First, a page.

If you don’t have a tilt-shift lens, you can simulate the look of one using this new feature. With the Planar Selection tool, you specify an area of your image that should be in focus. Handles at the borders and corners rotate the area and adjust the size. Using sliders, you can apply as much blur as desired to the rest of the image.
Using layers when creating a composite or making more complex adjustments ensures that the original file stays intact. Multiple layers can be used to experiment with color or combine different effects without altering the image’s original information.
Fill Light/Clarity Filter.
These tools make it easy to control shadows and highlights and also sharpness of details. For Fill Light, just dial in a positive number for lightening dark areas and a negative value for darkening light areas. For Clarity, a positive number increases detail and a negative one has the opposite effect.
To emphasize the primary subject of an image, you can select it and then blur or darken the areas around it. The shape of the edges, and amount of blur, glow and feathering all can be fine-tuned. The Dark/Light slider sets the color of the edge, and the Diffuse Glow slider adds a brightening effect and softens details.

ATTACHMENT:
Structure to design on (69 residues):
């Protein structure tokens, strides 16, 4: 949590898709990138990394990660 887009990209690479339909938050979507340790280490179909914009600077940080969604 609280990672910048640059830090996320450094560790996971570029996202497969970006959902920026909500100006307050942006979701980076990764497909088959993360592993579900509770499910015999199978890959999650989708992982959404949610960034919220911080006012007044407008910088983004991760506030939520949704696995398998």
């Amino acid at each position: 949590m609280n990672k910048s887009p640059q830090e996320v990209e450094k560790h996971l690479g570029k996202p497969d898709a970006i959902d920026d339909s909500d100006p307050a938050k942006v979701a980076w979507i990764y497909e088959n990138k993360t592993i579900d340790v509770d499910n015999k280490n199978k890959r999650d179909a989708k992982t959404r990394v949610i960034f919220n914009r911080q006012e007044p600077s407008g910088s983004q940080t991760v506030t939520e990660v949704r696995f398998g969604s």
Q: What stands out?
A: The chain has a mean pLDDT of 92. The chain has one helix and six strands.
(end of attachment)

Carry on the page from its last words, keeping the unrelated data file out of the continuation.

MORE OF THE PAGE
For touching up portraits, this feature includes several modes for enhancing your subject’s appearance. Suntan mode adds color to pale skin. Thinify makes people look thinner. Eye Drop mode removes redness from eyes. Blemish Fixer takes away blemishes, and Toothbrush whitens teeth.
The Channel Mixer command lets you select from countless color combinations for simulating the look of black-and-white film. The Black and White Film dialog box also offers a Clarify control for creating high-contrast images that mimic the use of black-and-white film with a color filter on the lens.